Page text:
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From its opening scene — set to the strains of “Siegfried’s Funeral March” from Richard Wagner’s Ring cycle — to its tragic conclusion, Excalibur offers one terrific set piece after another in its version of the story of King Arthur and his Knights of the Round Table. Thirty-four years after its initial release, the movie remains the unrivaled cinematic treatment of the Arthurian legend. The film, by director John Boorman, is part of The Screen’s Films to See Before You Die series and of a mini Boorman fest that includes Hope and Glory (1987) and his latest work, Queen and Country (2014), both of which open on March 6.
Excalibur is set, of course, in the Dark Ages, and we learn from its title sequence that the land is divided and without a king. The script never names the factions vying for power: To do so would consign the tale to a specific historical setting, when it lies squarely in the timeless realm of myth. For the screenplay, Rospo Pallenberg and Boorman adapted Sir Thomas Malory’s 15th-century Le Morte D’Arthur, condensing a daunting amount of material. We are given 20 minutes’ worth of back story at the movie’s start before we’re swept up into the saga of Arthur’s rise to kinghood, his reign in the golden age of Camelot, and his eventual downfall.
The back story involves Uther Pendragon (Gabriel Byrne), who has secured an uneasy alliance with Cornwall (Corin Redgrave) but then fractures that peace by lusting after Cornwall’s wife, Igrayne (Katrine Boorman), thereby reigniting the feud. Pendragon appeals to Merlin (Nicol Williamson) for help in stealing Igrayne away from her husband. Merlin grants Uther his wish — but on the condition that he gives the magician any children that result from their union. In a cruel trick, Merlin then uses magic to disguise Uther as Cornwall. The sequence contains the first of many great scenes as Uther, at Merlin’s command, rides horseback across a mist-shrouded sea to Cornwall’s castle. The equivocal Merlin has secured the fulfillment of prophecy by helping Uther impregnate Igrayne, but the treachery used to carry it out also plants the seeds for Camelot’s ultimate demise. The scenes showing Igrayne’s rape were considered controversial when the movie was released because the role was given to Boorman’s daughter, who was about twenty-two during filming.
Nicol Williamson was already a noted stage and screen actor in Britain when he was cast as Merlin, but of the five actors playing the other main characters — Morgana, Arthur, Guenevere, Lancelot, and Perceval — only Helen Mirren, as the bewitching Morgana, went on to even greater cinematic fame after Excalibur. However, this isn’t true of some of the actors cast as minor characters. Liam Neeson (Gawain), Ciarán Hinds (Lot), Patrick Stewart (Leondegrance), and Byrne are all quite well known to American moviegoers now. Nigel Terry (Arthur) and Cherie Lunghi (Guenevere) still work as actors but aren’t household names in the U.S. Williamson died at seventy-three in 2011; Nicholas Clay, who epitomizes the conflicted character Lancelot, died in 2000 at the age of fifty-three.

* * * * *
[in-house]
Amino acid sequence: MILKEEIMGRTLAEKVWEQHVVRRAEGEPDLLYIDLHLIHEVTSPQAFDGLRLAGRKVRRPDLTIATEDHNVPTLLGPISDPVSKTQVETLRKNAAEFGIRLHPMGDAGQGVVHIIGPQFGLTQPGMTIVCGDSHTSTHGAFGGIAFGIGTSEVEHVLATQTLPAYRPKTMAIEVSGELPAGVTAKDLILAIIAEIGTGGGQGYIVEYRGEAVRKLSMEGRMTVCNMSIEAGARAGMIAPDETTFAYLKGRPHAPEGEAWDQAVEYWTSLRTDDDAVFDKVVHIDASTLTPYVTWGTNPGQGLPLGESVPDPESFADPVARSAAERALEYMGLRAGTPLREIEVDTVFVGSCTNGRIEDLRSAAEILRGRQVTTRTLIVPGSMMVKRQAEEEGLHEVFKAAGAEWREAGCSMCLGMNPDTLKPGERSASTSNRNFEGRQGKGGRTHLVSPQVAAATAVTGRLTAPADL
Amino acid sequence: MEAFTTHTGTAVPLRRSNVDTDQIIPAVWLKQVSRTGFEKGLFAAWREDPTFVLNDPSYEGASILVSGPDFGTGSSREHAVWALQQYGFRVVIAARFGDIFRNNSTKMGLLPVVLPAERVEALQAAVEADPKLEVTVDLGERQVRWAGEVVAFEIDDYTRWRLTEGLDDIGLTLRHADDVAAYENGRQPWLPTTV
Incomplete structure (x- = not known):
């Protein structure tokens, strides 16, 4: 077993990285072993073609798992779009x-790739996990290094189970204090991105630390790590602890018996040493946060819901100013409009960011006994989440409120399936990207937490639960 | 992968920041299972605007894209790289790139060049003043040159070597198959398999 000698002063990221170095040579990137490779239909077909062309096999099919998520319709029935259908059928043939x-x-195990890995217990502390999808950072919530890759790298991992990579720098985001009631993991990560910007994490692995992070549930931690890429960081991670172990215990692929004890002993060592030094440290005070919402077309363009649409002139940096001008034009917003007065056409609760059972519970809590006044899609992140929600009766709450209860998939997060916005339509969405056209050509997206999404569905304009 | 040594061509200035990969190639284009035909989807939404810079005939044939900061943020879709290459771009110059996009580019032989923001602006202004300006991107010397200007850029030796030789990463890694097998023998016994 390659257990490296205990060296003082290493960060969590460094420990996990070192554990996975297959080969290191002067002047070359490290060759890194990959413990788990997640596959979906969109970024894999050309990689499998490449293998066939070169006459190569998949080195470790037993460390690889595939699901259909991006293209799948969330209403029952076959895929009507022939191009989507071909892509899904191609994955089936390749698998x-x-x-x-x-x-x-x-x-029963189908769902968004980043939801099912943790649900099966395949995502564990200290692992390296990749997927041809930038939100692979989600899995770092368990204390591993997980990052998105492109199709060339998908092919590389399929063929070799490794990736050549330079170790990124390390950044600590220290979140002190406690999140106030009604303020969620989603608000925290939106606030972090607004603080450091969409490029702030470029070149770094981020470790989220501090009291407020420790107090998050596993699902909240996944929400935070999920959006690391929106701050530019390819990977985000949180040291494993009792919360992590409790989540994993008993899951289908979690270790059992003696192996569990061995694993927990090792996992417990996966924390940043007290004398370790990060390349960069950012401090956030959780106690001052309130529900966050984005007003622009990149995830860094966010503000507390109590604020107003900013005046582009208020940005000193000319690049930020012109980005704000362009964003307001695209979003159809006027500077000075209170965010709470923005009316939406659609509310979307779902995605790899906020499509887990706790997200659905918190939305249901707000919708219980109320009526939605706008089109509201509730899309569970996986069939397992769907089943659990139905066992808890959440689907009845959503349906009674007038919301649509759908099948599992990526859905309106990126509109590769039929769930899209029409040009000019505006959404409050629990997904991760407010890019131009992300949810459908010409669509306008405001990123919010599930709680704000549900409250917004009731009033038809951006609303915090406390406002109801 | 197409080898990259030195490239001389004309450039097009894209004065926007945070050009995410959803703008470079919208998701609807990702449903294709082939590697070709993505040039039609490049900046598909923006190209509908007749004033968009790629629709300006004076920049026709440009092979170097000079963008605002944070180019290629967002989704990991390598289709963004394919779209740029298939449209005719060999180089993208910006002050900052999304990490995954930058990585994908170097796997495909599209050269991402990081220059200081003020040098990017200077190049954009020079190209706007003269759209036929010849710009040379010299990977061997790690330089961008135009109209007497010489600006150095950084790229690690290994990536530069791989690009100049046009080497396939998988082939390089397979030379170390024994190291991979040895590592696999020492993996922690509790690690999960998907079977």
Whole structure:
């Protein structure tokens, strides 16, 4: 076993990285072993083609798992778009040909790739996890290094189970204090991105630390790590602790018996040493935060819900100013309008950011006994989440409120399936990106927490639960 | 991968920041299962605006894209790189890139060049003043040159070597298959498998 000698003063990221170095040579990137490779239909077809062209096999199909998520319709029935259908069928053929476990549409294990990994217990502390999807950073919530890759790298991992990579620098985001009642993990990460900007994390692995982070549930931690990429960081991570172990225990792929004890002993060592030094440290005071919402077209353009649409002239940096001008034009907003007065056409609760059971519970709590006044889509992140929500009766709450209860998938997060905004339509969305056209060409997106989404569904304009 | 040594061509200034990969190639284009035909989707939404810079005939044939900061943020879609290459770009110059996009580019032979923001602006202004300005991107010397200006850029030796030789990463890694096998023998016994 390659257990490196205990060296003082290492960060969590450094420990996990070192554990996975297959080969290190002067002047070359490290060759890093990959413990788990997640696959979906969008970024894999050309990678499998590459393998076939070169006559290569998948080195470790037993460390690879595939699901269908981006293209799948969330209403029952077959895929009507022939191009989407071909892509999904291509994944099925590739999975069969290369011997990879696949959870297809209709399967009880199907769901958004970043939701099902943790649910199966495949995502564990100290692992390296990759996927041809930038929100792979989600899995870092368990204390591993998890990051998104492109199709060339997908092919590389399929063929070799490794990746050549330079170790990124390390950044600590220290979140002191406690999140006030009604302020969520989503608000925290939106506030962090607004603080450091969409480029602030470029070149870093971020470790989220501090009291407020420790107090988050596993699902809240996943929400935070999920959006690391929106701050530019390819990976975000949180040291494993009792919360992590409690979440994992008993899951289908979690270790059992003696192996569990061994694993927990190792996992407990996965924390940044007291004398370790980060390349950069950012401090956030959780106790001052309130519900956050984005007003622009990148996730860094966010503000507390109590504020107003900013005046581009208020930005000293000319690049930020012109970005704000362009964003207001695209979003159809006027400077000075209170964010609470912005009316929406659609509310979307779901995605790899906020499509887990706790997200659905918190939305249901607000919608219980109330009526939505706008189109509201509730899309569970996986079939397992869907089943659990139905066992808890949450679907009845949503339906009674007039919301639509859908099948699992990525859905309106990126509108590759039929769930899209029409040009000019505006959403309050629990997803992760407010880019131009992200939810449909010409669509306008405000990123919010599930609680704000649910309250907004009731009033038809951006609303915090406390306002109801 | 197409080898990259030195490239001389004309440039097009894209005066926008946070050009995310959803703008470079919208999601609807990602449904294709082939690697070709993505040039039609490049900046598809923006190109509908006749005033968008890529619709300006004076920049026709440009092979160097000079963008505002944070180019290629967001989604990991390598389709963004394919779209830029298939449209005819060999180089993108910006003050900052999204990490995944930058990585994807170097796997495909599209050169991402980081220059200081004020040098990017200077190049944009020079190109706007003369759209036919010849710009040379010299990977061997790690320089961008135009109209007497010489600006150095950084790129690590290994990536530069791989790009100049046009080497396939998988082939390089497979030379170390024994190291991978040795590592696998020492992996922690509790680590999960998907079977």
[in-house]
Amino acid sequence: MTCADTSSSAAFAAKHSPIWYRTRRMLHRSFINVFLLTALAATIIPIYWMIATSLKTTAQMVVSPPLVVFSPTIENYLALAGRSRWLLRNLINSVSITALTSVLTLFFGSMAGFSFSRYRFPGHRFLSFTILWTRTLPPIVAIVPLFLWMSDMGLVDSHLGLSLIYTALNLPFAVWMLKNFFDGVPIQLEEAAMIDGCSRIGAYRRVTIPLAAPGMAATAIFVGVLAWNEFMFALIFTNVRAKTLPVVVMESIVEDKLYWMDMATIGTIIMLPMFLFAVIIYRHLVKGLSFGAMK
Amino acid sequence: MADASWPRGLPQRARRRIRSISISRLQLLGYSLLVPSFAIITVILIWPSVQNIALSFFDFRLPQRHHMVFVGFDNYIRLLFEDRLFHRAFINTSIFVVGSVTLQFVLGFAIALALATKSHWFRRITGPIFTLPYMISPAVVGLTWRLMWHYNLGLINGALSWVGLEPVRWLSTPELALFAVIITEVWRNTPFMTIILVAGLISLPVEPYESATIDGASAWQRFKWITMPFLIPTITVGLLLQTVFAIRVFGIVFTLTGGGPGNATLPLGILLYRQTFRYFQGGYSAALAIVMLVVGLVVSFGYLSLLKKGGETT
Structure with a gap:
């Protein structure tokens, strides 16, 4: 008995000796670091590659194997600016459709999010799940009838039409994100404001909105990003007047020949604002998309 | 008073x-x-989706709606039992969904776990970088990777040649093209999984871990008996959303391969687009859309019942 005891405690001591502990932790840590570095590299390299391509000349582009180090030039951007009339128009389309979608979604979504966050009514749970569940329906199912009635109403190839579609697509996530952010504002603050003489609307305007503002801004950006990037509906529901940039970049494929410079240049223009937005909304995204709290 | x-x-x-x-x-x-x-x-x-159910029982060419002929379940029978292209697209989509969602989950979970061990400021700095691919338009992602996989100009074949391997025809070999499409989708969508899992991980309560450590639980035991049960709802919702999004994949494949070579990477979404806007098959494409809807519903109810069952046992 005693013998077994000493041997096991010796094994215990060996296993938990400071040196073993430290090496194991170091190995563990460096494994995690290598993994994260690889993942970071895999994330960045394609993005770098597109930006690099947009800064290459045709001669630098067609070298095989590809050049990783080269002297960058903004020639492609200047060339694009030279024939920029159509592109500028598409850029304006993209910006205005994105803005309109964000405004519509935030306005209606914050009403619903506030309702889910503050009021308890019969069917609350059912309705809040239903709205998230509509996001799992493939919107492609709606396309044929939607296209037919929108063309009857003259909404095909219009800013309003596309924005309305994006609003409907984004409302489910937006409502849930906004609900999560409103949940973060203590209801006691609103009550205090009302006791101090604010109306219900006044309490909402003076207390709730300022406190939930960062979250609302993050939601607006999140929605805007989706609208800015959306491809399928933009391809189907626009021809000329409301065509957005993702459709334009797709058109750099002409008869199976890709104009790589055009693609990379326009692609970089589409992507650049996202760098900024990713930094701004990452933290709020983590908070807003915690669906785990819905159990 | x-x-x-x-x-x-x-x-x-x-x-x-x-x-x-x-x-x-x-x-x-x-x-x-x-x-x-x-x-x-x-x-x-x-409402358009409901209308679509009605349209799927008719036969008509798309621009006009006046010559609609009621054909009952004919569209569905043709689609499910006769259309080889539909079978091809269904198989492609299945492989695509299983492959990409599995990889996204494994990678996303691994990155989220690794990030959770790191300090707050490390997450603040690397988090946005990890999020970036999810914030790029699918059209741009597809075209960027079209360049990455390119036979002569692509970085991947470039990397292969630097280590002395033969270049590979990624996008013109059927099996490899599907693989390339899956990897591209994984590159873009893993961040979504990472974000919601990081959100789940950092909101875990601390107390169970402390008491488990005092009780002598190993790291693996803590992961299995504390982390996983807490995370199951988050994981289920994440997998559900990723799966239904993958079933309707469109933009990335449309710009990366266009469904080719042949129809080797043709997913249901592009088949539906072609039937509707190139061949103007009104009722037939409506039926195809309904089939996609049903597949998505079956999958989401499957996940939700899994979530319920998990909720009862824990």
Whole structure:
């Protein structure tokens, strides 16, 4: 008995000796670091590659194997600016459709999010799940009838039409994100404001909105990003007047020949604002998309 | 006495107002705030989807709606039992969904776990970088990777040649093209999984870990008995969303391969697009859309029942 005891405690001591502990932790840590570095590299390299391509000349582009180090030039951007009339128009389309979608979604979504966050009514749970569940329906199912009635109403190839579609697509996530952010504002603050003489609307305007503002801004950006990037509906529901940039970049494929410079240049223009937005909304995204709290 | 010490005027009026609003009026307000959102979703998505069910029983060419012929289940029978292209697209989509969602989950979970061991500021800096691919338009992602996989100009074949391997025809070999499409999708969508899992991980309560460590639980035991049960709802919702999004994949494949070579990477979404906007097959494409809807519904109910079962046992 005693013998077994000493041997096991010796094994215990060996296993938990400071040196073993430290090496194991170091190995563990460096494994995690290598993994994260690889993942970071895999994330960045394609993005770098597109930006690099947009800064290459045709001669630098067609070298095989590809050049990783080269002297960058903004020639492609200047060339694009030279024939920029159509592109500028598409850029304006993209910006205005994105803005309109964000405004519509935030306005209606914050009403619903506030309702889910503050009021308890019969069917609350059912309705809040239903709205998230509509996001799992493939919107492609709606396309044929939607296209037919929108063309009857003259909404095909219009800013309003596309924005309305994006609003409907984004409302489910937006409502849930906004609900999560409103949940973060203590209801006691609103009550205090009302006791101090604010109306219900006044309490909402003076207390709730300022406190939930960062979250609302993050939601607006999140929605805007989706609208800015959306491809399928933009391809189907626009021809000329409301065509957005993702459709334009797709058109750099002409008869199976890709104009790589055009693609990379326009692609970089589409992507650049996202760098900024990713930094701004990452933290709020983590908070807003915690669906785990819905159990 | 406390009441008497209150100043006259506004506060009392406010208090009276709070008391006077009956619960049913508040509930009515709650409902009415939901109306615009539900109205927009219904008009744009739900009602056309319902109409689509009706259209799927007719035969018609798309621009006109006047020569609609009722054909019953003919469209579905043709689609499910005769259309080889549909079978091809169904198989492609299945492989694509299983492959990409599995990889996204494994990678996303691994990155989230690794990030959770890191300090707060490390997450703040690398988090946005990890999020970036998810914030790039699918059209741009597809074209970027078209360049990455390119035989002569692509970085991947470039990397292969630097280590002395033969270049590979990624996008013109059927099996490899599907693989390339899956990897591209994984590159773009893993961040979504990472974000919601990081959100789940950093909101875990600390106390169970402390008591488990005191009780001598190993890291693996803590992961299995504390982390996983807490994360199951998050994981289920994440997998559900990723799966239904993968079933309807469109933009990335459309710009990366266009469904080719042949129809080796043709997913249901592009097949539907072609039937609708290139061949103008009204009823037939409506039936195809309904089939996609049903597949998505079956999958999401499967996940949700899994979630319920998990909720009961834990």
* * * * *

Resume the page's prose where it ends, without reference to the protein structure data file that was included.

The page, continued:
Paul Geoffrey, who plays Perceval, took a break from acting in 1999, after a minor role in The Thomas Crown Affair, and only recently returned to it as Oliver in 2012’s Spells. Geoffrey never achieved star status even though he carries most of the last third of the film, emerging as its true hero. “He’s the fearless, reproachless knight,” Geoffrey, who now lives in Santa Fe, told Pasatiempo. “He never gives up. For him, there was this perseverance. No matter how many times he fell over or got knocked down, he’d get up and try again.” After living in Los Angeles in the early 1990s, Geoffrey moved to Santa Fe, working as the director of the Allene Lapides Gallery before starting a career in real estate. He introduces the film at 7 p.m. on Friday, Feb. 27.
Geoffrey originally auditioned for the role of Arthur, but was told he was too young for the part and accepted the role of Perceval instead. The rehearsals began at a hotel in England. “I went and threw up in the bathroom before the first meeting, I was so nervous,” he said. “We had to go and get fitted for the armor, and it was made by these three brothers, and they had, probably, three teeth between them and lived in the middle of this forest in the woods. They were farriers; they did horseshoes and things like that. The armor, although it was made of aluminum, was very complicated and very detailed. I was the guinea pig for introducing a man in armor to a horse. I goofed up the first day. They were holding the horse, and I got up, and it immediately threw me. But, having the armor on, I was protected. I got thrown off four or five times. Then the horse got used to it.”
A schedule was set for five months of filming. “We arrived in Ireland — myself, Nigel Terry, and Nicol Williamson — on St. Patrick’s Day in Dublin. For me, that was a very interesting meet of Irish hospitality and modest nonstop drinking.” Once filming began, the crew was beset by almost constant rainfall. “I did a lot of second-unit filming for the quest scenes out in the Wicklow Mountains. It was pouring rain, and I couldn’t see through the visor. It doesn’t really register on film, except in close-up.” According to Geoffrey, the actors had Saturdays off and would go into Dublin for the day, where they spent hours in the upstairs dining room of a local pub. “We became like a family.”